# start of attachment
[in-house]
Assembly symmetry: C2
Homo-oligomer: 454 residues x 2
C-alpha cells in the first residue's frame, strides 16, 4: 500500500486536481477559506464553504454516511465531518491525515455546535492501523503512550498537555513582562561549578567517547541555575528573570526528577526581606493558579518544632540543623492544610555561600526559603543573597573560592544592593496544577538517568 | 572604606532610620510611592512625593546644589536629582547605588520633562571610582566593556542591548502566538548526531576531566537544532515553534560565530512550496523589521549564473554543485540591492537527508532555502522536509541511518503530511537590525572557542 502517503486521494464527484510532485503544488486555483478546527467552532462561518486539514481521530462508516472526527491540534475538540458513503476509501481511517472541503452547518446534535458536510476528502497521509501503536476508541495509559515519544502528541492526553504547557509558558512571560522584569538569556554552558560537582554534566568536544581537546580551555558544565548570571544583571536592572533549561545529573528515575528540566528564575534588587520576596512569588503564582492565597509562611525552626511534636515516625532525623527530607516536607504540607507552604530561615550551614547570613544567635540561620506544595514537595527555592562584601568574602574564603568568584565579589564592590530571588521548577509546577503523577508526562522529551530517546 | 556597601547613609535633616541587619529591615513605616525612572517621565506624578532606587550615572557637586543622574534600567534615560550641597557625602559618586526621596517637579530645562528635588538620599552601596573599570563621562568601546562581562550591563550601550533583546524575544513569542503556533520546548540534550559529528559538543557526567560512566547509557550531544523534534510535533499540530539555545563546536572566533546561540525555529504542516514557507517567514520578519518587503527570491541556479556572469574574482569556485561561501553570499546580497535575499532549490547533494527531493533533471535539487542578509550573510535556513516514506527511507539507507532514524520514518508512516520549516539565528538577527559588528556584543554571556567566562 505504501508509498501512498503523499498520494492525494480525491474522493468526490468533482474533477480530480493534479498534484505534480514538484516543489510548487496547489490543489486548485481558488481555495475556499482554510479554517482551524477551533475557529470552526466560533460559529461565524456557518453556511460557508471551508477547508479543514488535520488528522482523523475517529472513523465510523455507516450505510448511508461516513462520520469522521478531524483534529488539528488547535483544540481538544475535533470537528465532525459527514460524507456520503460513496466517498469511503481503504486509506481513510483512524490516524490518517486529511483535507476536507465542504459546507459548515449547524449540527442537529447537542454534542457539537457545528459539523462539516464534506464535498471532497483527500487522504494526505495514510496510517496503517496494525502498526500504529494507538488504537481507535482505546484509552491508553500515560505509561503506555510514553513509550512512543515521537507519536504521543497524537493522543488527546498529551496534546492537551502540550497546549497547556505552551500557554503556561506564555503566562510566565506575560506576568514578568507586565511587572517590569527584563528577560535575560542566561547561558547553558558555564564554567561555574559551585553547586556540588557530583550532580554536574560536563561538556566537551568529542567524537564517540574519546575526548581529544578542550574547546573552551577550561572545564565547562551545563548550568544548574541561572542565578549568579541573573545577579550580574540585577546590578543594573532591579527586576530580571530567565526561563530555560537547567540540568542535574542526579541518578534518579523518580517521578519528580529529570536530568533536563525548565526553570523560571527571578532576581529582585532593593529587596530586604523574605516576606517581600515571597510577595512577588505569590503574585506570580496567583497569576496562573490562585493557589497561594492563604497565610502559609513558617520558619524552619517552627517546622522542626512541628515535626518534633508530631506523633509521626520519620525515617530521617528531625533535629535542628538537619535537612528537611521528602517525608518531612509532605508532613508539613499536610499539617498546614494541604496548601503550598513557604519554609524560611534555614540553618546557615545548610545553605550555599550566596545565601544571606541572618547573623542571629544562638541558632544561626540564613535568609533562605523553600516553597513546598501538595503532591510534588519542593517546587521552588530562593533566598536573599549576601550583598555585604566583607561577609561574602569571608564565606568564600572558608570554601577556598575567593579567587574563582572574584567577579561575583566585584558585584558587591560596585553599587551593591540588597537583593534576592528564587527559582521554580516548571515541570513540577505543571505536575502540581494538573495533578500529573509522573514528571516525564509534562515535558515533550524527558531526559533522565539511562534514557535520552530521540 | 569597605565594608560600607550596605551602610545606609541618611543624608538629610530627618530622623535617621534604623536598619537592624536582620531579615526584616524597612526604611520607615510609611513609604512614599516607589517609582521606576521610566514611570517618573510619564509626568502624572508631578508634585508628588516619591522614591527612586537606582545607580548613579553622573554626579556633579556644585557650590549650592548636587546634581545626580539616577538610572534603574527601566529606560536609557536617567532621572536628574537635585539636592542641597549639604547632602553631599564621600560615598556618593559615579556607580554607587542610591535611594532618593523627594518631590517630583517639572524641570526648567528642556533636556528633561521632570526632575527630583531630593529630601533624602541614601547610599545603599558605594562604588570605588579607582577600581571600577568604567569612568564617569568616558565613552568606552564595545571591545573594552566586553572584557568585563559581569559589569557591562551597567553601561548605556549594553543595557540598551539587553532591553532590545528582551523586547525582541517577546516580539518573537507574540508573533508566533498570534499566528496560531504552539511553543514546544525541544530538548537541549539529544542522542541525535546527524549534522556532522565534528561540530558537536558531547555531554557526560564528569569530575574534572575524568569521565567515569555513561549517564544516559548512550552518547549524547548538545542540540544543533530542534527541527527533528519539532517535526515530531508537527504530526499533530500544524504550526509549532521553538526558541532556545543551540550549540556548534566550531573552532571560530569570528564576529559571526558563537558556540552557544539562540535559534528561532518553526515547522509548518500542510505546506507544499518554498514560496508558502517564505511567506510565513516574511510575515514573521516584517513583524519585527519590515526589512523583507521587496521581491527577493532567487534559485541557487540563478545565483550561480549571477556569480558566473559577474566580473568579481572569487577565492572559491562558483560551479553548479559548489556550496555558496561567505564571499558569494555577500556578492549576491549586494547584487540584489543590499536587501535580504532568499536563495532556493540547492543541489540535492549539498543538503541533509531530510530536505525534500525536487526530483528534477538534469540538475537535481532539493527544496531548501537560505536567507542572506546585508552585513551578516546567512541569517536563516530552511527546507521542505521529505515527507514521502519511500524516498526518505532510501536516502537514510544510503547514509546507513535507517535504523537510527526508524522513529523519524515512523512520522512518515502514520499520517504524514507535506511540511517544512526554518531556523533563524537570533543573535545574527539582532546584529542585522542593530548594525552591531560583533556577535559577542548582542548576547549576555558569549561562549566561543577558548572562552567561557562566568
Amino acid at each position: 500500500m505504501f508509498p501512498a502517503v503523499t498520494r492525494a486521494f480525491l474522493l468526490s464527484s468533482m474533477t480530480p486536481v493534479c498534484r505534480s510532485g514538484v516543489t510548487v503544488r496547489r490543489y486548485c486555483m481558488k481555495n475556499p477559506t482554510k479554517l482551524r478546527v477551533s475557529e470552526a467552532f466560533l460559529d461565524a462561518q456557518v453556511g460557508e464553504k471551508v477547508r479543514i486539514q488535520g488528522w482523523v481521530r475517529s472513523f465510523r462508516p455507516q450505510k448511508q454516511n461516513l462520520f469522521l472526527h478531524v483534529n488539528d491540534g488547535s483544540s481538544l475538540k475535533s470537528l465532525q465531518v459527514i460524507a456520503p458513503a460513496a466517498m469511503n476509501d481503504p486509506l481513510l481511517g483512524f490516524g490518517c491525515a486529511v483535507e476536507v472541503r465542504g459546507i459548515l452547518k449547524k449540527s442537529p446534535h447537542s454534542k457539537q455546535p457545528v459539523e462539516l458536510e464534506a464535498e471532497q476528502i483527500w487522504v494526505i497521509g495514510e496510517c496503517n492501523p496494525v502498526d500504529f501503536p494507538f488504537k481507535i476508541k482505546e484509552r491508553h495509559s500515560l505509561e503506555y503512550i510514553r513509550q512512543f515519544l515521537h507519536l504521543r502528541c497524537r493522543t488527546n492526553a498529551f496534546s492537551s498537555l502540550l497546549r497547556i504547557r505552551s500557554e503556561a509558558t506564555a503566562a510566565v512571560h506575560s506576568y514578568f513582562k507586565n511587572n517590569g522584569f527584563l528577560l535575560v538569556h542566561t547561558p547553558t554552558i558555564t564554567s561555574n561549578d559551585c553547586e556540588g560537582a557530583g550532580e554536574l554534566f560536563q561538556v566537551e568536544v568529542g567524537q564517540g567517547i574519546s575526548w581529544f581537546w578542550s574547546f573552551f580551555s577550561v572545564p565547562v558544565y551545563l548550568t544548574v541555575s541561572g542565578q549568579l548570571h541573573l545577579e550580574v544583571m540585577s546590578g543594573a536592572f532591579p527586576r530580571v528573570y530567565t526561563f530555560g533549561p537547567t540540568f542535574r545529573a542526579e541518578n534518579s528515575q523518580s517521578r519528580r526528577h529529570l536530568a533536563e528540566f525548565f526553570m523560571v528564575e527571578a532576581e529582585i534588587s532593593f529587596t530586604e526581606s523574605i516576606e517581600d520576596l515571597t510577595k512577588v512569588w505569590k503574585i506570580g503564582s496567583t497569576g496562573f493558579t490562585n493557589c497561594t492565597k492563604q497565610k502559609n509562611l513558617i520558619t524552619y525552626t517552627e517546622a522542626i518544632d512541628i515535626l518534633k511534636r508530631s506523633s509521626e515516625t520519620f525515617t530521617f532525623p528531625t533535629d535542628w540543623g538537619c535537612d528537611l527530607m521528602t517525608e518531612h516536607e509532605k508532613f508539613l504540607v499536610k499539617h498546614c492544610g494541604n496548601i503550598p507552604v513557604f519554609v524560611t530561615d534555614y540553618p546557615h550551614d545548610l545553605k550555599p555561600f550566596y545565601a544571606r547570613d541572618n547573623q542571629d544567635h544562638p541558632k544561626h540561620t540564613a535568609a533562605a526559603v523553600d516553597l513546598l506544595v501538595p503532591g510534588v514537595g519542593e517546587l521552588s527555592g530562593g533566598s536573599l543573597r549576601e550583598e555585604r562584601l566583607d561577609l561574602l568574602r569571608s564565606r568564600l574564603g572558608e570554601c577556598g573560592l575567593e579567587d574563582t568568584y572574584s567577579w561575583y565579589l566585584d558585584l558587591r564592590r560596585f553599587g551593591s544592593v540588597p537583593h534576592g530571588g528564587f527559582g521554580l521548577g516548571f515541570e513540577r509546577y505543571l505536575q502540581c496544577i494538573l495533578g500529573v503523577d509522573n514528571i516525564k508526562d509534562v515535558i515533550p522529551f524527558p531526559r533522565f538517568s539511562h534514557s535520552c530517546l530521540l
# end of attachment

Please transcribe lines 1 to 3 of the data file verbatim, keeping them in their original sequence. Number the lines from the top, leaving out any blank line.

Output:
[in-house]
Assembly symmetry: C2
Homo-oligomer: 454 residues x 2